Article Image

IPFS News Link • Domestic Policy

"Plug and Play" Guides US Domestic and Foreign Policy – and It's Not Working

• By Karen Kwiatkowski

 The weird thing is that one was just delivered less than six months ago, and as of August 2022, Lockheed was sending out the propulsion fixes for the rest of them, presumably to get them to the scrapyards.

This microdot of news flew under my radar, and it confirms what we already know about the US MICIMATT – it's not just what we do and how we do it, it's what's allowed to be talked about.  These ships were all named after major US cities; a couple of mayors reacted with sadness.  Not disgusted at the insanity and waste, or dumfounded by the government process, just sad that a brand new $500 million ship with their town's name on it is being junked.

"Plug and play," as transmogrified by the crony capitalists and government bureaucrats, not only doesn't work – it is a real danger to every American, and by extension the rest of the world.  In the marketplace, plug and play is efficient, flexible, and smart.  Upgrading, fixing, and modifying mission capability of products via open architecture software and hardware makes sense. The market likes the sim card model – rapid recognition and correction of problems, responding to consumer demand for performance, efficiency and cost – these are key to business success.  Plug and play has raised the bar of market performance, along with customer expectations.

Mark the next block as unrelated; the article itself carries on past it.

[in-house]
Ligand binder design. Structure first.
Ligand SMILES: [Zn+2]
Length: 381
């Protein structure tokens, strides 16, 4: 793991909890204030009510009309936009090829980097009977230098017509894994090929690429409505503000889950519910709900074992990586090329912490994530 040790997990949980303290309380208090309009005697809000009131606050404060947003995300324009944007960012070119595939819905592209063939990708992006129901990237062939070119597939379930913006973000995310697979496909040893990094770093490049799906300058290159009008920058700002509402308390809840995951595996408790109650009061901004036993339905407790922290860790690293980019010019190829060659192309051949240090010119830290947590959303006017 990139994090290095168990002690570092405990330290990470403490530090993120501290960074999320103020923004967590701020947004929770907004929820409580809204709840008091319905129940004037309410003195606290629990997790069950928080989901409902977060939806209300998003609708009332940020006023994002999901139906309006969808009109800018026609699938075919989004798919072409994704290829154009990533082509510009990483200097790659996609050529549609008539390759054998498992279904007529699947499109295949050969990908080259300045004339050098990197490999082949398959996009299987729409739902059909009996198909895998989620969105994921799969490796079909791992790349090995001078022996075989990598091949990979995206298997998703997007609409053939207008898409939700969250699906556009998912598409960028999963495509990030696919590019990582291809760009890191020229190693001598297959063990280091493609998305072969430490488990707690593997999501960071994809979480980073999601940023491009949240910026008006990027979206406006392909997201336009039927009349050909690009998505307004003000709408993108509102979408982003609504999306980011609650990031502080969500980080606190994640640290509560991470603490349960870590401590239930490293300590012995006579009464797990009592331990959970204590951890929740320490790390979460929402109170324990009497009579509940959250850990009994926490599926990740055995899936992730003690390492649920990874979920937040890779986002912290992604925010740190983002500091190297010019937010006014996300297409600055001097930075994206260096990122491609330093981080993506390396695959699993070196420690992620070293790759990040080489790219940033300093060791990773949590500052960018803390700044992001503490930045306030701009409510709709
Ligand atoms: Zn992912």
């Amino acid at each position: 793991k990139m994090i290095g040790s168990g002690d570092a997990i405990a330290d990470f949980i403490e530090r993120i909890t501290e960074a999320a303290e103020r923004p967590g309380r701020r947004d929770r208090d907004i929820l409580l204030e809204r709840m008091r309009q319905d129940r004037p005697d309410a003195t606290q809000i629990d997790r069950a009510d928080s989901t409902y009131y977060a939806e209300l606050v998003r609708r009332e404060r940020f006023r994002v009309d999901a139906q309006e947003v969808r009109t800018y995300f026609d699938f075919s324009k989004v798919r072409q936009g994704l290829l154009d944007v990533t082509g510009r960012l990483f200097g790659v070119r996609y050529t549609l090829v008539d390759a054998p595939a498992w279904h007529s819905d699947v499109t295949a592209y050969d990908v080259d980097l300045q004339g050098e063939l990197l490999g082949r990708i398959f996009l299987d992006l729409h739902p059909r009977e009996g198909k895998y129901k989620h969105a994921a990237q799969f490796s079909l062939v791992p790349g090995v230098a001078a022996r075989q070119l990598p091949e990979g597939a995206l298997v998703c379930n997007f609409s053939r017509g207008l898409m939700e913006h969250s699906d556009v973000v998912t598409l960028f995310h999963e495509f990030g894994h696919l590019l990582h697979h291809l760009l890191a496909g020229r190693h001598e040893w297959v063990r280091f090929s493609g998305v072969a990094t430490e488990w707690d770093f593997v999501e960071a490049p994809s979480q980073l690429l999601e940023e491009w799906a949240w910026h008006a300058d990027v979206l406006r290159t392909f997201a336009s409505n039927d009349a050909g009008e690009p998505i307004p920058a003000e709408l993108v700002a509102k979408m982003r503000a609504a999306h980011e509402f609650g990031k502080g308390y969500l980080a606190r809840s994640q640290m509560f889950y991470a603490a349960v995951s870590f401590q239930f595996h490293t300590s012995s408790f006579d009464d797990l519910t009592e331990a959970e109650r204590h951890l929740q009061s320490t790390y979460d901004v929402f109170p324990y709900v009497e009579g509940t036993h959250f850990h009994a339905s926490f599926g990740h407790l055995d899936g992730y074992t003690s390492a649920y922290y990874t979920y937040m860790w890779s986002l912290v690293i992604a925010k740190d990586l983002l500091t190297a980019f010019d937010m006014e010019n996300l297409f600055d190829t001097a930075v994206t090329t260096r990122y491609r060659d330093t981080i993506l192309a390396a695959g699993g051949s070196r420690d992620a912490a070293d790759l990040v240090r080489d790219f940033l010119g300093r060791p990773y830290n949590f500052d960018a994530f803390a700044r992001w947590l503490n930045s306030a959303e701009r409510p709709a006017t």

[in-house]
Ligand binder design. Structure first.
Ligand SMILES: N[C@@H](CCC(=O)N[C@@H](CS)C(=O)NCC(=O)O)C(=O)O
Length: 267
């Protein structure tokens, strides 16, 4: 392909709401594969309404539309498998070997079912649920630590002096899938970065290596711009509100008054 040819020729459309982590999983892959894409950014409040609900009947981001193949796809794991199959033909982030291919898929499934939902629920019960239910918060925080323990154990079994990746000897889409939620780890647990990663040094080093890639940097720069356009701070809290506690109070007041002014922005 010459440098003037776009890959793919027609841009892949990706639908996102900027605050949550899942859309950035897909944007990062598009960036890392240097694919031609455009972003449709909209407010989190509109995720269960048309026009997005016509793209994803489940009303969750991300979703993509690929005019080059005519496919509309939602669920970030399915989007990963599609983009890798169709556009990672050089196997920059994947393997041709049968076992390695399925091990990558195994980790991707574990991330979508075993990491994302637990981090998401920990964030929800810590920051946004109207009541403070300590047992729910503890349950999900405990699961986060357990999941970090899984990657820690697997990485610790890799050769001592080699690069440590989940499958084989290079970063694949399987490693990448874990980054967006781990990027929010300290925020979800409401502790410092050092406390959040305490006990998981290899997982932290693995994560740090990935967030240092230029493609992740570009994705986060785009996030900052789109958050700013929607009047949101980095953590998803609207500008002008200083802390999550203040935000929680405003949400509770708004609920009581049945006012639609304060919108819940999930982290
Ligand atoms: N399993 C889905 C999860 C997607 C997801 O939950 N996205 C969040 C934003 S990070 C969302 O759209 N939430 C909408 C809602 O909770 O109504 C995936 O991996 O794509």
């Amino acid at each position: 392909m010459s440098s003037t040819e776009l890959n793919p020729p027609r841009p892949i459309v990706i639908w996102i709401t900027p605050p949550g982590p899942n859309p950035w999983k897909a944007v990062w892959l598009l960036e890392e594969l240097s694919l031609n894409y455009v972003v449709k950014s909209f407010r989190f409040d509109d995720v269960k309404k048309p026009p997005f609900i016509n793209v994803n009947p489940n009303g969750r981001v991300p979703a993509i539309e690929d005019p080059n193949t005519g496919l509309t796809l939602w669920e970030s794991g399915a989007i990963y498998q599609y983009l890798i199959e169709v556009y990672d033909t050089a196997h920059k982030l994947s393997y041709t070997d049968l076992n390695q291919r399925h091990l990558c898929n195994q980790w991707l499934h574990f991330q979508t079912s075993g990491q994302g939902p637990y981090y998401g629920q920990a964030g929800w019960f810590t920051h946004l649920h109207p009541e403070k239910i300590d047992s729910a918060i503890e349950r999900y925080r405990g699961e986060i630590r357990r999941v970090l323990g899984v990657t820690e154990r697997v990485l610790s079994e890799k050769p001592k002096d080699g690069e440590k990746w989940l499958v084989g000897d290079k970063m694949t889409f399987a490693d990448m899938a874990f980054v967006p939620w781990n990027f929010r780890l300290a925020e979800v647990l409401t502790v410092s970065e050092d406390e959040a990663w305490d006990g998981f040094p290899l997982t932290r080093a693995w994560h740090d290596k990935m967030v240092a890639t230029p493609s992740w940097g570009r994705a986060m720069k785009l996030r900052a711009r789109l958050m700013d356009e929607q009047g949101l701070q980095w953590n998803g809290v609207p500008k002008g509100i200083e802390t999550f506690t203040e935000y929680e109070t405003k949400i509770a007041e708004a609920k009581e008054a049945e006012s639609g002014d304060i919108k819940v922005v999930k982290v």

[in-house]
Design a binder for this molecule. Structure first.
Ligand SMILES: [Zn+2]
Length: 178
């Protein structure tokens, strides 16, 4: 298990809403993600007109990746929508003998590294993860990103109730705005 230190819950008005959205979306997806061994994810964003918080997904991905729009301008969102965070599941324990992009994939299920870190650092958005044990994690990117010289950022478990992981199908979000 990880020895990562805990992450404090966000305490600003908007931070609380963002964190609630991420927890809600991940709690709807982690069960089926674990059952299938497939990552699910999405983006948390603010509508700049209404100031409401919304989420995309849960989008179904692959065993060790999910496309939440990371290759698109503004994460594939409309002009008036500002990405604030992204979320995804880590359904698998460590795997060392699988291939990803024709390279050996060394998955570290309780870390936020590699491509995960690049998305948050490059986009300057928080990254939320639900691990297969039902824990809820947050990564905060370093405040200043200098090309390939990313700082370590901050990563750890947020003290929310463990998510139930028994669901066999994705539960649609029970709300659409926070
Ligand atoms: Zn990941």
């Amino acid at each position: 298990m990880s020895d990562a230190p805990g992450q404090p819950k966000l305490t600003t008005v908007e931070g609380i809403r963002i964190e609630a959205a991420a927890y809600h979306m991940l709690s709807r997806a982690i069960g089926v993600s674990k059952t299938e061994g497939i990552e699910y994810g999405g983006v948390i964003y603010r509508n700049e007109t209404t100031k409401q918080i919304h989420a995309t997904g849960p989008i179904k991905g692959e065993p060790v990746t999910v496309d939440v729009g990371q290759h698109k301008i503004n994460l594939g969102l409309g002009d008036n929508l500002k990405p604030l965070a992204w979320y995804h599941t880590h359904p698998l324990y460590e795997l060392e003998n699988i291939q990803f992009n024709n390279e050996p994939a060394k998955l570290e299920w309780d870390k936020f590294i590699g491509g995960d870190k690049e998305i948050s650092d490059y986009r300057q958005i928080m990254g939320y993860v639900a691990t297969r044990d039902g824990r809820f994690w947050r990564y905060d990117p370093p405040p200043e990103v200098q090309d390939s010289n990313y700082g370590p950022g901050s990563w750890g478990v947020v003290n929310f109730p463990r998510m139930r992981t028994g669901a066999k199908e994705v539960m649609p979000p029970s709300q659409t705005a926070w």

Enter the US government, whose direct spending equates to 35% of the GDP – not counting moneys flowing from government to social security, poverty assistance, medicare, and government retirement programs that are also "spent" in our consumer oriented economy.